According to an announcement shared by Iran International, the Central Bank of Iran (CBI) has banned its citizens from trading bitcoin and other cryptocurrencies mined in foreign countries.

Fatemeh Fannizadeh, a Swiss qualified independent lawyer and advisor on blockchain technology and cryptocurrencies, believes this move by the CBI is an attempt to stop capital flight from Iran.

“Crypto is already regulated in Iran … this just means that Iran wants to export Iranian produced coins more aggressively, encourage mining, and counter capital flight in the face of a depreciating Rial,” Fannizadeh shared on Twitter.

The rial, Iran’s fiat currency, has experienced severe depreciation recently, hitting a record low against the dollar in 2020. Therefore, it seems reasonable that the CBI would act with protectionism on its currency and economy from a monetary standpoint.

Interestingly, the move makes it seems as if the CBI is treating bitcoin mining and trading as regular commodity activities. As a result, the central bank is attempting to maximize exports and minimize imports to favor Iran’s balance of trade, which has been suffering since the pandemic broke out.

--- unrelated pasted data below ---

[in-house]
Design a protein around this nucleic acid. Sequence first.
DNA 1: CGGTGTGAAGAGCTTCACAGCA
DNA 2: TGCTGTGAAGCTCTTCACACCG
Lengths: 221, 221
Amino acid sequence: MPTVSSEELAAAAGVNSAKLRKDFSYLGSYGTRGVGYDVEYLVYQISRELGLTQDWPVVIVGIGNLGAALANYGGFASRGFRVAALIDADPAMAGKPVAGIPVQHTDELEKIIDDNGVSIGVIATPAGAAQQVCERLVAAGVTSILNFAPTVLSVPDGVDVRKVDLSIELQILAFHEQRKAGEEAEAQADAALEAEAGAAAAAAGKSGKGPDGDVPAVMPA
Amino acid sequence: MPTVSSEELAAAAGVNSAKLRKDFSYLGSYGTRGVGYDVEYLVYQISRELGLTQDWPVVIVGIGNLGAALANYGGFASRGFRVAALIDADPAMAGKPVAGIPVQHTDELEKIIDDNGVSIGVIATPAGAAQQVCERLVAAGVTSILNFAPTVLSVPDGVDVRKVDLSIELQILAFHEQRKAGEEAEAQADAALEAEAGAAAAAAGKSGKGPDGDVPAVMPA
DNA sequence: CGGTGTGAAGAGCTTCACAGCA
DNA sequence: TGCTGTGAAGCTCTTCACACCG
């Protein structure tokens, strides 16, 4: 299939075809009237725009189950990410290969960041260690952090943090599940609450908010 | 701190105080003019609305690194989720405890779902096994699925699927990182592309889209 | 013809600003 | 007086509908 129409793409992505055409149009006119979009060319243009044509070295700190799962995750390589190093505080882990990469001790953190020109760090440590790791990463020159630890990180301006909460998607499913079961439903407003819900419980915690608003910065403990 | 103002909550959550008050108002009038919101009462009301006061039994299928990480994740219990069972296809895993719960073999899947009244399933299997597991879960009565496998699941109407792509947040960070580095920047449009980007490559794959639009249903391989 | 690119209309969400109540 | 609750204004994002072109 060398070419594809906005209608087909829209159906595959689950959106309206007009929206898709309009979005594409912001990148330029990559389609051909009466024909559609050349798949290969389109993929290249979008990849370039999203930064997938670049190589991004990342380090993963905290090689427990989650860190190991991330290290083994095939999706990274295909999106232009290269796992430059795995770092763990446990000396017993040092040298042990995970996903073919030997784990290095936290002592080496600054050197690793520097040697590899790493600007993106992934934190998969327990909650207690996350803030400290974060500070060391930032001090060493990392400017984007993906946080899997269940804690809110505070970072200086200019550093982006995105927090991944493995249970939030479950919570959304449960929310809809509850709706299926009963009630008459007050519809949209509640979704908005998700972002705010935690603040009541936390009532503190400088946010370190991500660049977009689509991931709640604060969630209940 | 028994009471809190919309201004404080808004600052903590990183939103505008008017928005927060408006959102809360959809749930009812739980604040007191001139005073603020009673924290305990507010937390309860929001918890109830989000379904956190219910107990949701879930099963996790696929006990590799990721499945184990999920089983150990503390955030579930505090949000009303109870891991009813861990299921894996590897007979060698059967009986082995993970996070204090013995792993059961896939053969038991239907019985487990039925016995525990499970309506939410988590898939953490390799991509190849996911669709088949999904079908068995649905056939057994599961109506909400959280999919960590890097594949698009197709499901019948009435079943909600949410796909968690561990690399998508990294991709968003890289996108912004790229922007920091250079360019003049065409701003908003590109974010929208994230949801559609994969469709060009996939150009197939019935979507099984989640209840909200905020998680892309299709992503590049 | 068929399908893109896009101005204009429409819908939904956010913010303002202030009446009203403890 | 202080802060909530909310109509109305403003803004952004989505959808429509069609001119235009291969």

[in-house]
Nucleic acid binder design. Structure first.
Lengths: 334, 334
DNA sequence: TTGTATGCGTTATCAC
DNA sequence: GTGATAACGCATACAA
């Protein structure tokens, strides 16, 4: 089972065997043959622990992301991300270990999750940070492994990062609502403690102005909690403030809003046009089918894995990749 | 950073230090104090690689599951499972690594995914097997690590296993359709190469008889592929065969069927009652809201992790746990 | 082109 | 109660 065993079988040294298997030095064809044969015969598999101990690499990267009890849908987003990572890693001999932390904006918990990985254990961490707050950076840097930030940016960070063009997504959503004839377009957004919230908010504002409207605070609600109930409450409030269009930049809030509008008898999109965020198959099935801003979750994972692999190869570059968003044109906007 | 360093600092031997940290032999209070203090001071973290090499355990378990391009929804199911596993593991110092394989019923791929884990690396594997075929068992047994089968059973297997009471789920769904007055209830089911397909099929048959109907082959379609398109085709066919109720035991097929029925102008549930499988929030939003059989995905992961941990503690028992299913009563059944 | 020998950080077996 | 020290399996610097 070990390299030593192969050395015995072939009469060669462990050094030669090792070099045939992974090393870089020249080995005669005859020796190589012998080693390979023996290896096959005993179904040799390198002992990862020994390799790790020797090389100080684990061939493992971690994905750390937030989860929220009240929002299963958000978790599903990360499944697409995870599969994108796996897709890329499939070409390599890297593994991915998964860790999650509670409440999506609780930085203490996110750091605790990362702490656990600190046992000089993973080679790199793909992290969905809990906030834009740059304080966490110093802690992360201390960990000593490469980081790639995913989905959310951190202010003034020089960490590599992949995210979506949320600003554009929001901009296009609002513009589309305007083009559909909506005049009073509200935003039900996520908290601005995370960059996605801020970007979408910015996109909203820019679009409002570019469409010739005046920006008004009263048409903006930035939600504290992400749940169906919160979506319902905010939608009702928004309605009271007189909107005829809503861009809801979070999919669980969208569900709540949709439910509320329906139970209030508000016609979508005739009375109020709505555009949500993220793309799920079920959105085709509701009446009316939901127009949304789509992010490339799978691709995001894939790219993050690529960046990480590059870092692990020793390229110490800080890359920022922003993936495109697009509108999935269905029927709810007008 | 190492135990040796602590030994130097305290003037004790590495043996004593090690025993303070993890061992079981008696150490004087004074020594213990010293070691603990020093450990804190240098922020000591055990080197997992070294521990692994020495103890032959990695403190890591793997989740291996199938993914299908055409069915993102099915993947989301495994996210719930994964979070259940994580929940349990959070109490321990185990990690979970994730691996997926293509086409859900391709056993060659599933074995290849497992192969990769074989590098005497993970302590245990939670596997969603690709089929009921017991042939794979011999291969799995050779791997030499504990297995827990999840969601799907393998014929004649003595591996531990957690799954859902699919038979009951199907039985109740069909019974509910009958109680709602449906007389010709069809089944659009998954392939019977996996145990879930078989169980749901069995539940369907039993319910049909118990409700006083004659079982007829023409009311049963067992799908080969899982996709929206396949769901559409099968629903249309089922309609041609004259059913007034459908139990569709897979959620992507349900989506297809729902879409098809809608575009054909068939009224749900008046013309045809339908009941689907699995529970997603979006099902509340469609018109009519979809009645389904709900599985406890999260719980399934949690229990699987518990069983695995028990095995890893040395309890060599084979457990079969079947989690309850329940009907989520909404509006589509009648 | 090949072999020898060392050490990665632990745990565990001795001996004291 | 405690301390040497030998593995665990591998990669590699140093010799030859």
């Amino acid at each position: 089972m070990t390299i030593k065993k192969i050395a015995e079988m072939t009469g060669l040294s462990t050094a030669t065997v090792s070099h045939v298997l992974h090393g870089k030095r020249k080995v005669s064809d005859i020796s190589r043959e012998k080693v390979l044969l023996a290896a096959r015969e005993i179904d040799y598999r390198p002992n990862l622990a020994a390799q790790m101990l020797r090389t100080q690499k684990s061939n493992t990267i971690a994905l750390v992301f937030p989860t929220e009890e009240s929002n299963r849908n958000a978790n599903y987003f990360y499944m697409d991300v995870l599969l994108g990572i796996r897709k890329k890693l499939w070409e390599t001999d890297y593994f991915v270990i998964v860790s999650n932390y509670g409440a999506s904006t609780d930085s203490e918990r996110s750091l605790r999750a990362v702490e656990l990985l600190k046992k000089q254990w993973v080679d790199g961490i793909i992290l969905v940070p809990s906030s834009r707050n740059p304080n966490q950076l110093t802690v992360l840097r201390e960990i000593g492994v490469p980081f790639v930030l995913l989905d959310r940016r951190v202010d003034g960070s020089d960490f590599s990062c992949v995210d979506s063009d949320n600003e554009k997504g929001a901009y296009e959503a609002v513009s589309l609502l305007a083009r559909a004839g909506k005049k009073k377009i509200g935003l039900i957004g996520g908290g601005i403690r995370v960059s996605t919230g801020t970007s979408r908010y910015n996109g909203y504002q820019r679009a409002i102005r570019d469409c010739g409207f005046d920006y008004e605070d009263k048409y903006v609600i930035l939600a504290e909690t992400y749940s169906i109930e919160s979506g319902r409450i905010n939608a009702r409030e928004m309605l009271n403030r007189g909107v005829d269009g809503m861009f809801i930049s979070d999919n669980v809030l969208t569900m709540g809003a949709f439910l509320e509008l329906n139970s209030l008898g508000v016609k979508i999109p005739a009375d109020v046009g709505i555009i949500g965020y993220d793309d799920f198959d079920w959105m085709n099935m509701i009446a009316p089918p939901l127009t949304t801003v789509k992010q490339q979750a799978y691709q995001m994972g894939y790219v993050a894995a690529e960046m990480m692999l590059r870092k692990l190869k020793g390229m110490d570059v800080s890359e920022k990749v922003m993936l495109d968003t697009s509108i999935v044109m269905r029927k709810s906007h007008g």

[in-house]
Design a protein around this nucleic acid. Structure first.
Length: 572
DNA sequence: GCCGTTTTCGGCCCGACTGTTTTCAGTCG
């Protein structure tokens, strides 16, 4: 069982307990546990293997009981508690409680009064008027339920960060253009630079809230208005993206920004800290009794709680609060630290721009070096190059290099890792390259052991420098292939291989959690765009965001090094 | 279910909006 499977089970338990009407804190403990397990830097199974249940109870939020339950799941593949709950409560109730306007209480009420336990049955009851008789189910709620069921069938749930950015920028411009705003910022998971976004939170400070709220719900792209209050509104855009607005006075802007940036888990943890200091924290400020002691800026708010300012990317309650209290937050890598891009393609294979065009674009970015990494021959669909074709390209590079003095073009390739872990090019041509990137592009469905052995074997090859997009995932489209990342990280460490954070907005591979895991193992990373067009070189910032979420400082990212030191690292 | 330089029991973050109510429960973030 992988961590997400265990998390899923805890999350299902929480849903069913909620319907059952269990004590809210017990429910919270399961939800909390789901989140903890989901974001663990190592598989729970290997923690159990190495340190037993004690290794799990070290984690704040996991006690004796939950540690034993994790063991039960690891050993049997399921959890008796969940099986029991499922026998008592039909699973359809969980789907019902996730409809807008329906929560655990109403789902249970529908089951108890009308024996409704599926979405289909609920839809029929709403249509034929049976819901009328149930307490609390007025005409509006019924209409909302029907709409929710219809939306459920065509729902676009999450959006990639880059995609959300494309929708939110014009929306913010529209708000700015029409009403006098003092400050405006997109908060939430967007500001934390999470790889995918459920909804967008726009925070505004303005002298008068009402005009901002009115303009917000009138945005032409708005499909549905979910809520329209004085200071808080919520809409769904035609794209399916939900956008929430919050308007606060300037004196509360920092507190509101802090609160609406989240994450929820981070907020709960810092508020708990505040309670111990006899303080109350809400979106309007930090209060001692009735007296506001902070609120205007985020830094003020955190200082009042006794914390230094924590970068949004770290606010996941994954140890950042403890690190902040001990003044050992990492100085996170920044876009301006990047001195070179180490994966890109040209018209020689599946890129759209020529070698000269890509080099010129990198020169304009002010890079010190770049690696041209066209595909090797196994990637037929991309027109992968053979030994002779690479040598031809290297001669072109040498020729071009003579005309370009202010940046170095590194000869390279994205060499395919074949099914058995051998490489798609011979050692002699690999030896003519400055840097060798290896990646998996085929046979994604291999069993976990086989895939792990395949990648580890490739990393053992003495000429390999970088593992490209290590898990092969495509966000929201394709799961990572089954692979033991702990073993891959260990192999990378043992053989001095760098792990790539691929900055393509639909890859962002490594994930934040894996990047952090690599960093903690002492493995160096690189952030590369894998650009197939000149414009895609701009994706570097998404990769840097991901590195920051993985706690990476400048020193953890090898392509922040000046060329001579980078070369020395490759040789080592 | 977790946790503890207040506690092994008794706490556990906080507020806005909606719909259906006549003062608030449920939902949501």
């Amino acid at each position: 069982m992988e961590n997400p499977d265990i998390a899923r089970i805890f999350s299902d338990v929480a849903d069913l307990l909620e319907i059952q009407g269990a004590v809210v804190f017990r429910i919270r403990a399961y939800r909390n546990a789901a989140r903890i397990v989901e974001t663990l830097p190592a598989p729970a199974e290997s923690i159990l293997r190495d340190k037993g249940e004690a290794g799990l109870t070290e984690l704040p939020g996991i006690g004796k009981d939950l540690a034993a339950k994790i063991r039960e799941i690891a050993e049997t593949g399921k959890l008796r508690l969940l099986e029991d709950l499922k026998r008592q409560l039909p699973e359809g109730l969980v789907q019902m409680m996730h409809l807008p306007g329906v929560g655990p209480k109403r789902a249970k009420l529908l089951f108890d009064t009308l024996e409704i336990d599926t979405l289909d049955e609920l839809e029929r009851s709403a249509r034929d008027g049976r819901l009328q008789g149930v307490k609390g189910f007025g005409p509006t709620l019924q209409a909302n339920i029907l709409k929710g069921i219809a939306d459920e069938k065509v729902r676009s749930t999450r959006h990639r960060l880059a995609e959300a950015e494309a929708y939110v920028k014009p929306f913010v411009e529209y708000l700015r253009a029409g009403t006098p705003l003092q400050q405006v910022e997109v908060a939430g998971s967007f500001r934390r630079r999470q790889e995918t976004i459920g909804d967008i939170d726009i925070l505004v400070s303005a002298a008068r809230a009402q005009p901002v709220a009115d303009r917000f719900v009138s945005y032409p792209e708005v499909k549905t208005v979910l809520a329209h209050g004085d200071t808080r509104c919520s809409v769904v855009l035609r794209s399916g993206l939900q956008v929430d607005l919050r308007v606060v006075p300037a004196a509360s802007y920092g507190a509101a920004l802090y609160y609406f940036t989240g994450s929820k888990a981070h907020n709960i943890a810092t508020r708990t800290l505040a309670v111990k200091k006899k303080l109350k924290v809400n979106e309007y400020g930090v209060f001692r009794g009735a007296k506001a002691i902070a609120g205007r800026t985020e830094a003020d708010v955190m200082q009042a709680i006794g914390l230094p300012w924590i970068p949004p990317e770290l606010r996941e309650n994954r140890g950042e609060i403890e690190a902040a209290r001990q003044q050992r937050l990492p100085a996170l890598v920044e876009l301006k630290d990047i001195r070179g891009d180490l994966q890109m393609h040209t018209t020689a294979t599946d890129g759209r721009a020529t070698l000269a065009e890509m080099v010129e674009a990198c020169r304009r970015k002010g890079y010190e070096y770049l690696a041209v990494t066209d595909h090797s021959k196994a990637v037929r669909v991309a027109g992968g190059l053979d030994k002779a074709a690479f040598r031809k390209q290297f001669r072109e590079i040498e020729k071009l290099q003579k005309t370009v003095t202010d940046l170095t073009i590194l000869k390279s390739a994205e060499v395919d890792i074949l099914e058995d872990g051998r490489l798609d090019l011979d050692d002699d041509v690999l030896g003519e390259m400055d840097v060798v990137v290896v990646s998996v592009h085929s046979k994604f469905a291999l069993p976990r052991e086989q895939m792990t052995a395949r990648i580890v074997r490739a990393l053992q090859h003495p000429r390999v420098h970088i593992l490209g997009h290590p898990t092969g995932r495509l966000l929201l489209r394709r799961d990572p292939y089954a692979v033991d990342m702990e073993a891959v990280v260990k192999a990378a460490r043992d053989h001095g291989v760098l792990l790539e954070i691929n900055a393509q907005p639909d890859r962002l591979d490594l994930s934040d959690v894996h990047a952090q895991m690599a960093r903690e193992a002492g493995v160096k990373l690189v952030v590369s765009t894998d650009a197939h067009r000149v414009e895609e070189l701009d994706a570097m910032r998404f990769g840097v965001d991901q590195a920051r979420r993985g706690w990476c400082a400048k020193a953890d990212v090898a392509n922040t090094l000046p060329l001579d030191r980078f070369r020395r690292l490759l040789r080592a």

Bitcoin, and bitcoin mining in particular, hold unique status in Iran compared to any other country on earth. Access to subsidized power would theoretically make it a great location to mine BTC, but local officials have offered mixed regulations that encourage and discourage the practice. Most recently, Iran has attempted to control the bitcoin mining industry, requiring that mining operations be officially sanctioned and then allowing these miners to use the resulting bitcoin to pay for imports. Cryptocurrencies like bitcoin can be powerful tools to help Iran circumvent international economic sanctions.

But such protectionism, like this reported ban, doesn’t seem very enforceable for Bitcoin users. Given that Bitcoin emission is decentralized and uncensorable, it is unclear how the central bank would enforce these restrictions.